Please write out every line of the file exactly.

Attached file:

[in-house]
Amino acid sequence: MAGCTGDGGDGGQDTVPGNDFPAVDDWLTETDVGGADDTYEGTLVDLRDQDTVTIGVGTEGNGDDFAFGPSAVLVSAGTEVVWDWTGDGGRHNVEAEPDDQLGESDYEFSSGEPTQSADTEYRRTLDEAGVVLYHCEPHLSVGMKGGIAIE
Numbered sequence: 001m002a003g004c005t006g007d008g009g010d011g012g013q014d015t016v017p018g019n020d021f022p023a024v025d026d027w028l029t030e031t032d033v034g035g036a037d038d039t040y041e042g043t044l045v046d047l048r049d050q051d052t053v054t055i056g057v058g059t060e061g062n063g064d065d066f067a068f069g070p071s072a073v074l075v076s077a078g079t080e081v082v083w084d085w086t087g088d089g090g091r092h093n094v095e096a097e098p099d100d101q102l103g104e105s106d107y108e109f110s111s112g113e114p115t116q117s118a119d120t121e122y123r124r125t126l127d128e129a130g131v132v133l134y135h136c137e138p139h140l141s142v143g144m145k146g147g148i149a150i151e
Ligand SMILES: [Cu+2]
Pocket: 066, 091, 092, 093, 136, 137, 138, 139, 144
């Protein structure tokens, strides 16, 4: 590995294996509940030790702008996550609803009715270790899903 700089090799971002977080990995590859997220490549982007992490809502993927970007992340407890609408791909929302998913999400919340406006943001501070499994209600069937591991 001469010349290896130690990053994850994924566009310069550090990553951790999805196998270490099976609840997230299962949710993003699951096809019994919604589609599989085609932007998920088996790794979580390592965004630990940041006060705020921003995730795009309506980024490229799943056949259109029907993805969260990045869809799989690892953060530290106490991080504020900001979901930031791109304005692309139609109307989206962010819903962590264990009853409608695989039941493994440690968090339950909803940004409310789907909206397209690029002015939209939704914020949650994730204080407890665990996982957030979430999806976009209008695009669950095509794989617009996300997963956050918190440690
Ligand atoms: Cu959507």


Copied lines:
[in-house]
Amino acid sequence: MAGCTGDGGDGGQDTVPGNDFPAVDDWLTETDVGGADDTYEGTLVDLRDQDTVTIGVGTEGNGDDFAFGPSAVLVSAGTEVVWDWTGDGGRHNVEAEPDDQLGESDYEFSSGEPTQSADTEYRRTLDEAGVVLYHCEPHLSVGMKGGIAIE
Numbered sequence: 001m002a003g004c005t006g007d008g009g010d011g012g013q014d015t016v017p018g019n020d021f022p023a024v025d026d027w028l029t030e031t032d033v034g035g036a037d038d039t040y041e042g043t044l045v046d047l048r049d050q051d052t053v054t055i056g057v058g059t060e061g062n063g064d065d066f067a068f069g070p071s072a073v074l075v076s077a078g079t080e081v082v083w084d085w086t087g088d089g090g091r092h093n094v095e096a097e098p099d100d101q102l103g104e105s106d107y108e109f110s111s112g113e114p115t116q117s118a119d120t121e122y123r124r125t126l127d128e129a130g131v132v133l134y135h136c137e138p139h140l141s142v143g144m145k146g147g148i149a150i151e
Ligand SMILES: [Cu+2]
Pocket: 066, 091, 092, 093, 136, 137, 138, 139, 144
């Protein structure tokens, strides 16, 4: 590995294996509940030790702008996550609803009715270790899903 700089090799971002977080990995590859997220490549982007992490809502993927970007992340407890609408791909929302998913999400919340406006943001501070499994209600069937591991 001469010349290896130690990053994850994924566009310069550090990553951790999805196998270490099976609840997230299962949710993003699951096809019994919604589609599989085609932007998920088996790794979580390592965004630990940041006060705020921003995730795009309506980024490229799943056949259109029907993805969260990045869809799989690892953060530290106490991080504020900001979901930031791109304005692309139609109307989206962010819903962590264990009853409608695989039941493994440690968090339950909803940004409310789907909206397209690029002015939209939704914020949650994730204080407890665990996982957030979430999806976009209008695009669950095509794989617009996300997963956050918190440690
Ligand atoms: Cu959507």